Headshot of La Cieca

Cher Public

  • Quanto Painy Fakor: Perhaps someone who is familiar with the vintage of the vehicles can confirm the date. 9:24 PM
  • Quanto Painy Fakor: But it was the norm to dress like that for the opera and it’s definitely the... 9:23 PM
  • baridave: And Baayork Lee. 9:06 PM
  • Quanto Painy Fakor: Why in the world would he want to sing Siegmund? Big mistake. 9:03 PM
  • Operngasse: Thanks for this well-written review. Maybe I’ll try to see a performance, although I doubt... 8:54 PM
  • Krunoslav: I think, in their pre-Met salad days, Charles Kullman and William Lewis could have furnished some... 8:46 PM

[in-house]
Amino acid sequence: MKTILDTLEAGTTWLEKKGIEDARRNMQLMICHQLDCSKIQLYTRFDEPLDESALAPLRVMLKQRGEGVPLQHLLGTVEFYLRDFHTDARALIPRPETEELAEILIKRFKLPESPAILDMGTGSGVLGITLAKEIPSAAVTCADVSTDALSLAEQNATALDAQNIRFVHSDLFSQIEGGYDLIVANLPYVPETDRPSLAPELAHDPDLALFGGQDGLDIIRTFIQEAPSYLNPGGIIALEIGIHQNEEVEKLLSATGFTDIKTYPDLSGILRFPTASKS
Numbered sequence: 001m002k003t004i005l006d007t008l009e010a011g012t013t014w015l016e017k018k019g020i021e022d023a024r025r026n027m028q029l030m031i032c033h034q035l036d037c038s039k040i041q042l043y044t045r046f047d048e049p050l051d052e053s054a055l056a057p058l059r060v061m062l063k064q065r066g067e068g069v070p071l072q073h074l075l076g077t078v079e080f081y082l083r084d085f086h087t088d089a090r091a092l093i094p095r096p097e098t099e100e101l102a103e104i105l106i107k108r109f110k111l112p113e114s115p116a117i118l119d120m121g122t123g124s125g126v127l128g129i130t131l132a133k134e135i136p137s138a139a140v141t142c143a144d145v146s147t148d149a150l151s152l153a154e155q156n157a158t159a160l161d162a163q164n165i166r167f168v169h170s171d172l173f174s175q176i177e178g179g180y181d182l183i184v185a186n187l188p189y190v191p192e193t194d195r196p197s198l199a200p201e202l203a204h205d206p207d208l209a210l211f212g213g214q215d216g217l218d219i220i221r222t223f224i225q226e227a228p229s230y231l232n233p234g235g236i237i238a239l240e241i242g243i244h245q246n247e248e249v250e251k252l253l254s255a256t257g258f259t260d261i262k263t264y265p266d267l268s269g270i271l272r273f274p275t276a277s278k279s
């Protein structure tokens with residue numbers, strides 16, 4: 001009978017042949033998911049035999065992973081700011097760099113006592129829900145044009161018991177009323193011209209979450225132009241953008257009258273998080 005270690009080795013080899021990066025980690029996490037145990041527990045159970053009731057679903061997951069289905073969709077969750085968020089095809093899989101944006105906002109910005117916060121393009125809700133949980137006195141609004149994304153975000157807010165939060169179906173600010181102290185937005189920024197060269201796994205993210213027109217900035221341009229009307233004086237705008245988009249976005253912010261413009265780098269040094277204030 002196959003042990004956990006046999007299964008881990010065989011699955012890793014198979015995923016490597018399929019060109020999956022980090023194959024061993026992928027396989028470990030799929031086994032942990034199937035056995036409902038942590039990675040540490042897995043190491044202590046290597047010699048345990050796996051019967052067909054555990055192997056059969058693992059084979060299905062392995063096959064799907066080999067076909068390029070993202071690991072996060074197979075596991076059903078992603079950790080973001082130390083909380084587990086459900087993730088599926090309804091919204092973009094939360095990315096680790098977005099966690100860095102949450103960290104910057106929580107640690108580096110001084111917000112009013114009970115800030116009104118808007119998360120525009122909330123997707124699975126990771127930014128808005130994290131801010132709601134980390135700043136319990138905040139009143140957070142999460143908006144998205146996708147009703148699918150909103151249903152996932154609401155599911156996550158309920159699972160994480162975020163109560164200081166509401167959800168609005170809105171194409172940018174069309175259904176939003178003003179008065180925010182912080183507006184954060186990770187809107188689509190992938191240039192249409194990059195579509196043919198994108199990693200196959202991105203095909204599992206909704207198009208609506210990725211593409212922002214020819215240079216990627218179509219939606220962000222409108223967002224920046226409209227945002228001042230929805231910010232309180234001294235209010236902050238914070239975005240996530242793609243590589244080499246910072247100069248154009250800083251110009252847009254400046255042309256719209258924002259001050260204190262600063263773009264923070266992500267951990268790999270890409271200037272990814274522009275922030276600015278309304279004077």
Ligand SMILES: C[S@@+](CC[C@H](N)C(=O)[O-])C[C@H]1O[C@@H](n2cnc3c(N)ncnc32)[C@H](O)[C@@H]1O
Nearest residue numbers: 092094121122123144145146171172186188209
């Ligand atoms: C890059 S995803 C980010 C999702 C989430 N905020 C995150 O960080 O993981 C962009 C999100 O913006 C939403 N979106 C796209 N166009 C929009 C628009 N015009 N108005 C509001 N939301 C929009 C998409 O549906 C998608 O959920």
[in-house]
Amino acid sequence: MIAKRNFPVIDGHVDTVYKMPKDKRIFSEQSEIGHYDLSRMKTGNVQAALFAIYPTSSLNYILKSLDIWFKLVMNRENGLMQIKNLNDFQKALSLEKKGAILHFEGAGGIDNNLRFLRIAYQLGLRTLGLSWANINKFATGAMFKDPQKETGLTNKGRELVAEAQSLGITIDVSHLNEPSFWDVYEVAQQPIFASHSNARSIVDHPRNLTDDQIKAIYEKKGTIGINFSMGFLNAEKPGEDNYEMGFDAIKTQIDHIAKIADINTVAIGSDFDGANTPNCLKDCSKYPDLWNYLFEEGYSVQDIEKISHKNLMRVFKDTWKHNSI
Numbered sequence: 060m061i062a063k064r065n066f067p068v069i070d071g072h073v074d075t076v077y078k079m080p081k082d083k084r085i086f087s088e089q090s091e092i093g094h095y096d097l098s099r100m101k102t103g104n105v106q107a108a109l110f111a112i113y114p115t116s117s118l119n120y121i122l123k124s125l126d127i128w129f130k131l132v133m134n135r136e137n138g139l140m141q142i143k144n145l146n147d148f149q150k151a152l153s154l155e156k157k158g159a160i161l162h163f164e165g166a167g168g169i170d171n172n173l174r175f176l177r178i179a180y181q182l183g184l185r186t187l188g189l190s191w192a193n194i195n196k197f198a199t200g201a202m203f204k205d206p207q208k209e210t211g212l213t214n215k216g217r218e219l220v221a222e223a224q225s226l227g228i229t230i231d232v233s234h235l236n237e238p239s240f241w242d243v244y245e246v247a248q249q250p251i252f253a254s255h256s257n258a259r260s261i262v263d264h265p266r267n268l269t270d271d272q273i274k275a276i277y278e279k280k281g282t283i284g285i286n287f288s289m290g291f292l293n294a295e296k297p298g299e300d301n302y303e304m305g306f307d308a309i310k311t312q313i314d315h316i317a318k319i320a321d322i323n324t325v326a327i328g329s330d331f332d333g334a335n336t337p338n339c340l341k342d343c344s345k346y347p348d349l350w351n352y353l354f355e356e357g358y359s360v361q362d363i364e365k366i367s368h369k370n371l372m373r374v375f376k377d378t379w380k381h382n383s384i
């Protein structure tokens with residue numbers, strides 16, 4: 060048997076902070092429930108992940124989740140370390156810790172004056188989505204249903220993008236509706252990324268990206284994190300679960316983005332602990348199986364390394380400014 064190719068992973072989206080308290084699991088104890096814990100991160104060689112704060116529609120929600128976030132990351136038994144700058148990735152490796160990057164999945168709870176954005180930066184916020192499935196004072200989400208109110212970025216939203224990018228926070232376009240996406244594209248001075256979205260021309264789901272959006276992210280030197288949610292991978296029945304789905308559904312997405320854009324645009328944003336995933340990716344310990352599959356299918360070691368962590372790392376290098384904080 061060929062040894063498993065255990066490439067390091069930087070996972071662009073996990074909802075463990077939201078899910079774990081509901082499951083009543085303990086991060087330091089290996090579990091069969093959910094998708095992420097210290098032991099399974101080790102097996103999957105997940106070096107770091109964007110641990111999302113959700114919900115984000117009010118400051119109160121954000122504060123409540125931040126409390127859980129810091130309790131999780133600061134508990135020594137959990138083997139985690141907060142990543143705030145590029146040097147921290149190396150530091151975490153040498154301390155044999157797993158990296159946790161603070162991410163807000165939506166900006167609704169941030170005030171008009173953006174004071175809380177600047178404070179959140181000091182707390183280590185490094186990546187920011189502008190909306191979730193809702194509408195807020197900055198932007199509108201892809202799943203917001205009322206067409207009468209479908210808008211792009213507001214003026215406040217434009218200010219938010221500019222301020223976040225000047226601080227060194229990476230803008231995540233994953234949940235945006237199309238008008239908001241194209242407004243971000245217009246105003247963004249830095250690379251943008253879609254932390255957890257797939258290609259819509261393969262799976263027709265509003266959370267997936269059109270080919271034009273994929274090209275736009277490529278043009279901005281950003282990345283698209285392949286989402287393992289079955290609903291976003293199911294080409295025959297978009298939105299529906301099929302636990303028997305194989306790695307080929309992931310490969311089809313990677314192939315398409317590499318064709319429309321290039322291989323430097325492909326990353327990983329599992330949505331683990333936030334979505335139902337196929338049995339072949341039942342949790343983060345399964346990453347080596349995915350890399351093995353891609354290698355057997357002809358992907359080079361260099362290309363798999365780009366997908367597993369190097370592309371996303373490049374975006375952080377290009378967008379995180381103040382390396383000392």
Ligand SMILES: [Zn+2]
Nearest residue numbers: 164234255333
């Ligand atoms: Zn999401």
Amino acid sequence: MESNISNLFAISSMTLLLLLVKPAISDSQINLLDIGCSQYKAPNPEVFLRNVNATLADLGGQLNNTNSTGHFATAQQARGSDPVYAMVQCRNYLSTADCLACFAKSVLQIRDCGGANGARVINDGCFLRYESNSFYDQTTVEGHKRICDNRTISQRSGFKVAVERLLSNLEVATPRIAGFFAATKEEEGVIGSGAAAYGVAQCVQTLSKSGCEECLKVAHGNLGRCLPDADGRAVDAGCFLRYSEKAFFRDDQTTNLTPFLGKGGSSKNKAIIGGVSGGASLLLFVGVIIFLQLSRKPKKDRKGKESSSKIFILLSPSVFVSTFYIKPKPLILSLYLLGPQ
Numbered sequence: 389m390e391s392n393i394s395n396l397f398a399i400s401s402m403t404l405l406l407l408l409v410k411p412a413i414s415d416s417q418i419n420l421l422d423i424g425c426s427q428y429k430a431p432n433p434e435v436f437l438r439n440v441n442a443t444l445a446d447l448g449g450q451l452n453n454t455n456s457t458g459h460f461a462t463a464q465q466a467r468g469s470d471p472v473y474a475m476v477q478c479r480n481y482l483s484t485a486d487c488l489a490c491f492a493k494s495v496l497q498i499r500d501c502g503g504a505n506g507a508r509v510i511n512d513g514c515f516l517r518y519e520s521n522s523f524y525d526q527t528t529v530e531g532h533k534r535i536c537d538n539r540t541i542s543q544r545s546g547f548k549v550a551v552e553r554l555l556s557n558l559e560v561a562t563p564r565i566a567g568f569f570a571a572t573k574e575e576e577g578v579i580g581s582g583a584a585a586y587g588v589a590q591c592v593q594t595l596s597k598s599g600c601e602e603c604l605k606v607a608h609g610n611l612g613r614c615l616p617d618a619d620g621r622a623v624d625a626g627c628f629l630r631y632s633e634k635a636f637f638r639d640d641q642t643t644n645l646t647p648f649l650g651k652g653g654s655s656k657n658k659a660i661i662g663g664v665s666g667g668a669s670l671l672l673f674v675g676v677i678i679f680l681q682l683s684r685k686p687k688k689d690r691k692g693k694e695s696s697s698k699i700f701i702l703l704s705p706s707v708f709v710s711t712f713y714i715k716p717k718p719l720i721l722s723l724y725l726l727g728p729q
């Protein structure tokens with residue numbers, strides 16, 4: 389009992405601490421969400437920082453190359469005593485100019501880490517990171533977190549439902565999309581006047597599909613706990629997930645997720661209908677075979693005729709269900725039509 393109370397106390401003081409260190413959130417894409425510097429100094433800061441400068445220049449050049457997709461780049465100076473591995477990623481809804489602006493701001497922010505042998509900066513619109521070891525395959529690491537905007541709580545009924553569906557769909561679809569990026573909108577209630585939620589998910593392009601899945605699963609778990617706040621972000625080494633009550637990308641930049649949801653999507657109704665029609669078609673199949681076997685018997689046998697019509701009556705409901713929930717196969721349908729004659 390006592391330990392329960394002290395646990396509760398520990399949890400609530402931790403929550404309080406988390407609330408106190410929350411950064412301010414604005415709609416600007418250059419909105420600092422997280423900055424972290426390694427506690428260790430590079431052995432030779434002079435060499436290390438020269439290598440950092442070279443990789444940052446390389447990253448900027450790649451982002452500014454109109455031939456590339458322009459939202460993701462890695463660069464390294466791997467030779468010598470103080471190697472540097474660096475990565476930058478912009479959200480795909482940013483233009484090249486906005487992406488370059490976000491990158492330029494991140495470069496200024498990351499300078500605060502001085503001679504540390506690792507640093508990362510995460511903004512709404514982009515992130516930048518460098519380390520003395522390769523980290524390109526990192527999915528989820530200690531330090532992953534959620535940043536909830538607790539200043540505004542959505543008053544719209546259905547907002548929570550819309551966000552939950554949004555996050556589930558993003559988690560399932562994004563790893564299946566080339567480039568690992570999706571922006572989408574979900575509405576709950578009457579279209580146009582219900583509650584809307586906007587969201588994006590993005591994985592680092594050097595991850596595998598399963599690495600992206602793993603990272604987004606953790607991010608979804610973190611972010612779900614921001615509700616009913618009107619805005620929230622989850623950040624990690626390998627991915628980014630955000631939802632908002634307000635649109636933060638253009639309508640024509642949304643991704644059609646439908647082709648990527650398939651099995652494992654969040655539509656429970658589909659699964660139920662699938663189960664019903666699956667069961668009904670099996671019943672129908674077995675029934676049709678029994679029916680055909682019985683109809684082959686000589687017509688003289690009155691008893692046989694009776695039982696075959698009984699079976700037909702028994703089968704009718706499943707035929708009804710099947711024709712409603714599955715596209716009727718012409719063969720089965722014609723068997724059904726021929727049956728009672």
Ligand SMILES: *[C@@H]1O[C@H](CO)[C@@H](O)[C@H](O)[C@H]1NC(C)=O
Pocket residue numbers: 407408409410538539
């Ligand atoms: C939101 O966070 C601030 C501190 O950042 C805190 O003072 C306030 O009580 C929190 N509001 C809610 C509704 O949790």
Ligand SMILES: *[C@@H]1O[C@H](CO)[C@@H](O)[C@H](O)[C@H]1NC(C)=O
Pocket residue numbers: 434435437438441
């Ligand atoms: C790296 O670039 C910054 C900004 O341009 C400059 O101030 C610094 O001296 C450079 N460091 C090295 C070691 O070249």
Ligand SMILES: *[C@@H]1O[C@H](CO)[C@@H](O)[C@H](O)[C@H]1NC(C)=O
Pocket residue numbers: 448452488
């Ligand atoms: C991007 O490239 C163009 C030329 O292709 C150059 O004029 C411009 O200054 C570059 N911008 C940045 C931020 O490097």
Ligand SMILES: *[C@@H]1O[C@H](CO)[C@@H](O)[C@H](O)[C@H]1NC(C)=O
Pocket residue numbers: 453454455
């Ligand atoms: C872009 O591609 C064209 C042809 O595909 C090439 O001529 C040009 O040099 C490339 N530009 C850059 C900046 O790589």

• Jungfer Marianne Leitmetzerin: Fascinating stuff! I dearly regret that I just missed the opportunity to... 7:56 PM
  • Greg.Freed: Huh, well I’m glad Mr. Kosman was more blown away by Haroutounian than I was though... 7:47 PM
  • manou: http://tinyurl.com /nuez4gh 7:37 PM
  • Quanto Painy Fakor: Jagde is probably the most All-American looking Cavaradossi ever. Very GQ. 7:31 PM

Equal rites

As with all good myths, certainly all the myths at the heart of Wagner’s operas, the juggling of symbols and archetypes and themes in Parsifal opens the piece to a great variety of interpretations. Many recent productions have twisted things in a way that seemed to strain or defy Wagner’s intricate libretto and lush, meticulous score: gray springtimes in a world beyond nuclear or environmental holocaust, that sort of thing. But the world of Wagner’s tale is, like our own, a world in crisis, on a razor’s edge. That’s bound to resonate with contemporary directors. They then have many options in setting out the workings of the crisis in this fable of a solution to whatever may be broken.   Read more »